Request A Demo


See All Products
A state-of-the-art quantum transport simulator.
A first-class quantum transport simulator.
A powerful material physics simulator.
Our most powerful solution for first-principles materials simulation.
Allows finite element modeling for computer-aided design of quantum-technology hardware.
Request A Demo

The Density Functional Perturbation Theory (DFPT) module of our atomistic tool RESCU provides a way to efficiently simulate materials response functions, which are directly measured in experiments to gain greater insight on a material. In our previous posts, we showed how RESCU-DFPT is used to compute the responses to atomic displacements, static electric fields and combinations of the two, i.e., phonons, ion-clamped dielectric constant and Born effective charges, respectively. In this post, we show that infrared spectrum optical properties can be simulated too.

Figure 1. List of our core RESCU DFPT features.

The response of many materials to an external electromagnetic field in the infrared region is dominated by lattice vibrations. Infrared photons are not energetic enough to cause electronic transitions, however their energy is sufficient to drive long-wavelength phononic transitions. That’s why infrared spectroscopy is a powerful technique for probing vibrational properties of materials.

Infrared spectroscopy data can be corroborated and predicted by theory and simulating how the atoms in a lattice vibrate. Atomistic simulations can be used in interpreting experimental findings, and in addition provide us with information that cannot be experimentally measured like wavefunctions. To illustrate this, we calculate and analyze the optical spectra of aluminum nitride (AlN) in its hexagonal structure using the local density approximation (LDA) for the xc-functional (exchange-correlation). We compute the (frequency dependent) complex dielectric permittivity and derive the refractive index, as well as the infrared intensities along the c-axis of the crystal. These are the most important optical properties.

Table 1. Calculated energy, infrared intensity, and oscillator strength for all phonon modes in hexagonal AlN.

The hexagonal AlN lattice has a primitive cell containing 2 aluminum and 2 nitrogen atoms. There are therefore 12 vibrational modes: three acoustic and nine optical. Examining the IR intensities reveals that only three phonon modes are IR active. Modes 7 & 8 (@77.18 meV), modes 9 (@77.28 meV) and modes 10 & 11 (@79.09 meV), among which the later modes have the largest IR intensities. These predictions perfectly match the experimentally observed IR intensities [1]. Unlike experiments, simulations yield the atomic displacements of each vibrational mode, which gives further insights. The IR active modes are represented in Figures 2-1 to 2-5. For instance, we can see that for modes #7 and #8, the atoms vibrate in-plane and in mode #9 they vibrate along the c-axis (Figures 2-1 to 2-3.).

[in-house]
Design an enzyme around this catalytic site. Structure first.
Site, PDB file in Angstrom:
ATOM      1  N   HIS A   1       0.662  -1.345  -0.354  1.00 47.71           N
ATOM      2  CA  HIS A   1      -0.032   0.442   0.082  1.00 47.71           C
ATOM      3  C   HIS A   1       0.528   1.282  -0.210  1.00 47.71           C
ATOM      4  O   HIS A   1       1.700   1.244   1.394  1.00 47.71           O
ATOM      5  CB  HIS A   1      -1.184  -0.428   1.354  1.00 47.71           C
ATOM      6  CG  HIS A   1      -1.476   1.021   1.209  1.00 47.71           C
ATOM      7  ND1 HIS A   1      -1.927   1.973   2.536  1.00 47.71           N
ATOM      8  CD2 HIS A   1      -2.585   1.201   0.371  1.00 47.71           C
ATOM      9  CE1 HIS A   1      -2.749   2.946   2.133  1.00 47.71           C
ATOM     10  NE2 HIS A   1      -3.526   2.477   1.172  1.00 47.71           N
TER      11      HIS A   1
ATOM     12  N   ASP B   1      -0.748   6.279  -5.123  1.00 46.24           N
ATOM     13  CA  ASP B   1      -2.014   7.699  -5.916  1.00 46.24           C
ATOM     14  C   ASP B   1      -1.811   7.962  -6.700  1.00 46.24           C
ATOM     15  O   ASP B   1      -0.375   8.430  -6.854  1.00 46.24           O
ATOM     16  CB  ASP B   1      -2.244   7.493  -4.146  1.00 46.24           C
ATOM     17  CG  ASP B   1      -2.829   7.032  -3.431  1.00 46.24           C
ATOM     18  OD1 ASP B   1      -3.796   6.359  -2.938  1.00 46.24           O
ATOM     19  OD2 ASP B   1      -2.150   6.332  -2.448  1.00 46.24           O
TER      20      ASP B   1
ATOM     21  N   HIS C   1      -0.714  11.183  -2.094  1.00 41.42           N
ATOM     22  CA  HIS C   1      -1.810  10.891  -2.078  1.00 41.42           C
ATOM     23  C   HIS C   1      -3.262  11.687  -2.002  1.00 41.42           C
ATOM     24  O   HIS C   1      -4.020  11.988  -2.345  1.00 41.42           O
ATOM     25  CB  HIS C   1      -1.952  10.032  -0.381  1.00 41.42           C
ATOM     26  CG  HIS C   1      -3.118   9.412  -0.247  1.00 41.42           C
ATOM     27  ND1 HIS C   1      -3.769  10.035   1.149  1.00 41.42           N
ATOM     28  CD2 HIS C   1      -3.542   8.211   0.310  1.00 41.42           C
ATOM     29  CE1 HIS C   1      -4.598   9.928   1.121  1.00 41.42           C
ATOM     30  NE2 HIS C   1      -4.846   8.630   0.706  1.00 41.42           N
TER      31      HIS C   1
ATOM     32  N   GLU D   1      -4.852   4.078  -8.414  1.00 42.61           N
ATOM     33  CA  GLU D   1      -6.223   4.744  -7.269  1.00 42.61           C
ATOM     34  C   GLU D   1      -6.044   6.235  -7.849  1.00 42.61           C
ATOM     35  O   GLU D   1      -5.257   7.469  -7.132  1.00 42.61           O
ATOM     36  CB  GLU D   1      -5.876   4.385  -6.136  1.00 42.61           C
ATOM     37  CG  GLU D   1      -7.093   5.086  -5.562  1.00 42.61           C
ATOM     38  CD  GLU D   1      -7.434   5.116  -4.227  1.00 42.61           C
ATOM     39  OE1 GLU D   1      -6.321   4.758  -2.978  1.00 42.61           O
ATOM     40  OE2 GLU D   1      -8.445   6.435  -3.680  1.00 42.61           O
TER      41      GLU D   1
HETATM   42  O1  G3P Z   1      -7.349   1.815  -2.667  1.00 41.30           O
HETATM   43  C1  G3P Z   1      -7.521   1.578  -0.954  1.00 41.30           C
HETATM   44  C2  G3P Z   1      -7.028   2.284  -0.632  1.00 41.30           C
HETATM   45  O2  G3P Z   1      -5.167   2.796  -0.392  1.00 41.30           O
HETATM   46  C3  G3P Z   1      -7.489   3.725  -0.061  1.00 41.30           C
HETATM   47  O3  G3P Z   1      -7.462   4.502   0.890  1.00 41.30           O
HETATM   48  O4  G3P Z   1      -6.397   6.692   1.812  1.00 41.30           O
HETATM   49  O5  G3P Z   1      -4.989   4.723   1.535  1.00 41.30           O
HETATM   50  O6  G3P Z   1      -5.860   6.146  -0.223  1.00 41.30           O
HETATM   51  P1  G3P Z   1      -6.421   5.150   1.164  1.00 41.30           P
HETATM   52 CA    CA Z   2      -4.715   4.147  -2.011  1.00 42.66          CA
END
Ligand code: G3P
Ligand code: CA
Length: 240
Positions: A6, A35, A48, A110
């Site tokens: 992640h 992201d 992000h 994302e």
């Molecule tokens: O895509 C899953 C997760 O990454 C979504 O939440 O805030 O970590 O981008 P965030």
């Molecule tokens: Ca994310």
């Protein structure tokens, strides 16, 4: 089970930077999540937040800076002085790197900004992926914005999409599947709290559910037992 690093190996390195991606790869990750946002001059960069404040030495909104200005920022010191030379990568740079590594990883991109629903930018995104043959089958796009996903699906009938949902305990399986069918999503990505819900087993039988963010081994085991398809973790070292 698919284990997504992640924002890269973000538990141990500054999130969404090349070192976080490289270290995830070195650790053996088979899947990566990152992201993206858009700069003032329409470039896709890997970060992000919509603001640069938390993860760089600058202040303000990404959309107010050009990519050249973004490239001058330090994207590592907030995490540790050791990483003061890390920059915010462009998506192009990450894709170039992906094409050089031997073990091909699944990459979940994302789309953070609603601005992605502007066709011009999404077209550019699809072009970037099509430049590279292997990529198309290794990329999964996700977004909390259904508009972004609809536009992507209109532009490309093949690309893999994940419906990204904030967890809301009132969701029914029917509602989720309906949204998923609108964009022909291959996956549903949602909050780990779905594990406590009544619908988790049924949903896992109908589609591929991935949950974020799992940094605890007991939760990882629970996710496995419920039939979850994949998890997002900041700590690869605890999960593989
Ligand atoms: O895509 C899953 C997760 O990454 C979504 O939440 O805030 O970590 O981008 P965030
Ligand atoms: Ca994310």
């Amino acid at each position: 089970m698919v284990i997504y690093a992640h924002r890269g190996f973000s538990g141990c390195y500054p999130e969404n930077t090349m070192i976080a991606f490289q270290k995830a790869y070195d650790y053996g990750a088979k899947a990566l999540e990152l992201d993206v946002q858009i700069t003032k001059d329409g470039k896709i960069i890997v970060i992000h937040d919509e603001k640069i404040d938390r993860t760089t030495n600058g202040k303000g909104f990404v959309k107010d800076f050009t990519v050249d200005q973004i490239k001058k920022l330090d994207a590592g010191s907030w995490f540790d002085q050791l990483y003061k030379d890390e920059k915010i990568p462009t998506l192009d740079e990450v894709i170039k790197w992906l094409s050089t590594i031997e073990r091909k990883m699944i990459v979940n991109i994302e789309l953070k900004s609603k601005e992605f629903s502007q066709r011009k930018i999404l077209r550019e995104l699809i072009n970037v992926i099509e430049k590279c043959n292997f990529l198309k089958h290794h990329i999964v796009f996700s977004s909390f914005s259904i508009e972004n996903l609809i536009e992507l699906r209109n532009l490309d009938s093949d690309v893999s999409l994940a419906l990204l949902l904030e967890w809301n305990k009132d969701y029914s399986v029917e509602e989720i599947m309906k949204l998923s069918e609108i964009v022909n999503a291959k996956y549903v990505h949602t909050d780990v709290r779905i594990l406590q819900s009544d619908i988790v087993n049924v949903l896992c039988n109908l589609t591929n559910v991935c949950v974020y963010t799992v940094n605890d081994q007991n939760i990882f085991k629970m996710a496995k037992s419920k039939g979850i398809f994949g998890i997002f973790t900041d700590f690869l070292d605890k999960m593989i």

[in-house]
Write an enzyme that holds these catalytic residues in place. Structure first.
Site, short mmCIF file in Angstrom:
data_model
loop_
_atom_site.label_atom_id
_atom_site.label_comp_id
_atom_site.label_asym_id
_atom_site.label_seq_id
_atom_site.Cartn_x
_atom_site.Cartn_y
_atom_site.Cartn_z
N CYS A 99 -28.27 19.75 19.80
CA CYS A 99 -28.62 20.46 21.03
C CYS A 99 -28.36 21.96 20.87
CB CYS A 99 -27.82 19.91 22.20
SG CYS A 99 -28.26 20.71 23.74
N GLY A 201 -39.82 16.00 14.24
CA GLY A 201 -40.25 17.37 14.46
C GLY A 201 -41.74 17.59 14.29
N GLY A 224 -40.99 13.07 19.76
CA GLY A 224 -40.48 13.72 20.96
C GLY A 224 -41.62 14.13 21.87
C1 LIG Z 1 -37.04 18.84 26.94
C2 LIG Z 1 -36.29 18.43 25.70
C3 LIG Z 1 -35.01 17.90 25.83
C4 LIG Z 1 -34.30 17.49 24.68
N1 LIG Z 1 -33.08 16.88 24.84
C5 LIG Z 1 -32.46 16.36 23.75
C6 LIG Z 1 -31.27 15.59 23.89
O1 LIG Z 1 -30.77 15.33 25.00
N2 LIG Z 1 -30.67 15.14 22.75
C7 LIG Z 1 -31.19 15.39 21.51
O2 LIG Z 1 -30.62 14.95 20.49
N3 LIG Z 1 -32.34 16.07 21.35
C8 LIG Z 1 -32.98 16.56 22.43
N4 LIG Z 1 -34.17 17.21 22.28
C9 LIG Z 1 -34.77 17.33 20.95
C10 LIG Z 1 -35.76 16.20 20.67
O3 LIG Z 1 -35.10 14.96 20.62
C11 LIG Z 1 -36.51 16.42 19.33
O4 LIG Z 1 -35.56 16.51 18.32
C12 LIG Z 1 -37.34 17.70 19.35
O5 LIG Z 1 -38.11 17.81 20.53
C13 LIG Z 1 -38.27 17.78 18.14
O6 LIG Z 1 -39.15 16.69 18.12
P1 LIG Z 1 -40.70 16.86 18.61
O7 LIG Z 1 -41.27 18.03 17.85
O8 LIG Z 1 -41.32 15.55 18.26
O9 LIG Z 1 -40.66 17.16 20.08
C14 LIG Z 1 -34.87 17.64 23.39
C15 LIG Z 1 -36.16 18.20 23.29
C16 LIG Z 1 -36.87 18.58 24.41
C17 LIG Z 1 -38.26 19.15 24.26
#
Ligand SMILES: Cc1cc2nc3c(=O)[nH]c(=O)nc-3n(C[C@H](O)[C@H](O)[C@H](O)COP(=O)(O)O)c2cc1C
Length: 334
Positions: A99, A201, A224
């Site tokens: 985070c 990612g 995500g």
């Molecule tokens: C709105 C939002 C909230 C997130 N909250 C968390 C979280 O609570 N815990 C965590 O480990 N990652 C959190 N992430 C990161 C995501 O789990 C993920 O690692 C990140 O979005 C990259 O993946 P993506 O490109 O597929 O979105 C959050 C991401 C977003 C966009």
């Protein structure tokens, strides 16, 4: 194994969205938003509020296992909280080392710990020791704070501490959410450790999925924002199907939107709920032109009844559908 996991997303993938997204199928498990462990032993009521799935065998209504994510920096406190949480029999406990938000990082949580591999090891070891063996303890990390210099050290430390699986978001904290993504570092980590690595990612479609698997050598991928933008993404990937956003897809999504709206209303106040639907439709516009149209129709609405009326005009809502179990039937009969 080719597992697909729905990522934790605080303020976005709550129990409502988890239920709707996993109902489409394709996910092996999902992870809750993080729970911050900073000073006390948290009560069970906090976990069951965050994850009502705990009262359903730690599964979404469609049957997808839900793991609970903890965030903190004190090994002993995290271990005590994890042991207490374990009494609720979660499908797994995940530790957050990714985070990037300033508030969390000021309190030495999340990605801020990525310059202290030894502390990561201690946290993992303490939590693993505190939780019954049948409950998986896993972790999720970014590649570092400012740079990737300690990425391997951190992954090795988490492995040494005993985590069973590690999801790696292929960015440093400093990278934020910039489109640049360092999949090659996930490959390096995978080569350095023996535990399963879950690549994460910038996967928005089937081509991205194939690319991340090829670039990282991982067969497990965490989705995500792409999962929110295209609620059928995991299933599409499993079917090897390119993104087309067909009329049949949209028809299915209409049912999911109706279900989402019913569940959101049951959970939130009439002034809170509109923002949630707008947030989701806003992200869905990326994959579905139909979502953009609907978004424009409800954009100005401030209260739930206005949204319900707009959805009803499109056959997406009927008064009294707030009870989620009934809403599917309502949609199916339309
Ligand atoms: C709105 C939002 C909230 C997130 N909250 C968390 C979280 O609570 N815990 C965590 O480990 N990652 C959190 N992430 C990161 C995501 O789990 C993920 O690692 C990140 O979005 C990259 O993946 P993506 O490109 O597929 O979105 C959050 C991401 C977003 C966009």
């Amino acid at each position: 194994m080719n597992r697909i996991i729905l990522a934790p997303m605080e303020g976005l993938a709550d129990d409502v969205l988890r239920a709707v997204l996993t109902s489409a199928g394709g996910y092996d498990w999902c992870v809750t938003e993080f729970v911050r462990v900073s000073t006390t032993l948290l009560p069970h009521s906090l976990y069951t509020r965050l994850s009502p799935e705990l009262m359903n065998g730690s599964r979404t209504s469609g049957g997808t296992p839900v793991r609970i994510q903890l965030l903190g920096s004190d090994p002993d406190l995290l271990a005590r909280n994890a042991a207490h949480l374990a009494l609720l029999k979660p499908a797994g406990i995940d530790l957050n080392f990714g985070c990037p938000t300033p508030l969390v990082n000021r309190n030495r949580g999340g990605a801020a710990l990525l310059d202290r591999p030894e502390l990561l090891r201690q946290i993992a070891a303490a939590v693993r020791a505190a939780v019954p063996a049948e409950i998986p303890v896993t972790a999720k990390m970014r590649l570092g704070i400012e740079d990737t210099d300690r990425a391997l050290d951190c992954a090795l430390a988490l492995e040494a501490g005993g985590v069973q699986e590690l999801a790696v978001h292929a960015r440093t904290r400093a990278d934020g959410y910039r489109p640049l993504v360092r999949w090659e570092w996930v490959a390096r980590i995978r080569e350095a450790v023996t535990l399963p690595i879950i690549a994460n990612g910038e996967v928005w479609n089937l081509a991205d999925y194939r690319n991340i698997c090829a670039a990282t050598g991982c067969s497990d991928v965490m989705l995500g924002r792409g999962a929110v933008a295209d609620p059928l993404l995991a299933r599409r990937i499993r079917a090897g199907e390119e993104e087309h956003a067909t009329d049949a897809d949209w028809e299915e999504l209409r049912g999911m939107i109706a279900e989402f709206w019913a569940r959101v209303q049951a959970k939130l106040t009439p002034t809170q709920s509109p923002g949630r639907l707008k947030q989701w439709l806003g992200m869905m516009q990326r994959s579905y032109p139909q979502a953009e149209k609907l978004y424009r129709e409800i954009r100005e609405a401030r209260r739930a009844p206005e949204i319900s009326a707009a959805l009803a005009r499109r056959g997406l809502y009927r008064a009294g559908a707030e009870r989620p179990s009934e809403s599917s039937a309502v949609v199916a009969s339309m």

Figure 2-1. Phonon mode #7

Figure 2-2. Phonon mode #8

Figure 2-3. Phonon mode #9

Figure 2-4. Phonon mode #10

Figure 2-5. Phonon mode #11

We also compare the simulated dielectric permittivity and refractive index with experimental data [1] shown in Figure 3 hereafter. We predict 4.65 for the high-frequency dielectric constant which compares well with the experimental value of 4.84. The experimental spectra are extracted from the reflectance spectra using the Kramers-Kronig analysis.

According to these figures, the DFPT simulations capture the key features of optical spectra. From the spectral analysis, we conclude that the main feature corresponds to a TO phonon mode (Transverse-Optical) whose frequency is extracted from the maximum of the refractive index, at 82.7 meV. The spectral features directly depend on the oscillator strength, obtained in simulations, and Table 1 clearly shows that mode #9 @77.28 meV has an oscillator strength significantly larger than other modes.

Figure 3. Dielectric permittivity and refractive index of AlN. The experimental results are in orange and the RESCU predictions in blue.

To summarize, several optical properties of AlN can be computed by DFPT using our RESCU code. This information can be used to validate experimental assumptions, for example to confirm the purity of the material and its dominant phase (hexagonal AlN in our example), or learn more about materials that are experimentally difficult to synthetize or study.

In a forthcoming publication here on LinkedIn, we will show how the DFPT module of RESCU is also used to compute Raman spectrum and intensities in infrared regions, which characterizes the inelastic interaction of photons with long-wavelength phonons in materials.

We hope you enjoyed the read, thank you and feel free to comment and ask us as usual now some specific information about our atomistic tools, we will be more than happy to give additional insights.

Take care!

[1] Lattice Vibration Spectra of Aluminum Nitride, A. T. Collins, E. C. Lightowlers, and P. J. Dean, Phys. Rev. 158, 833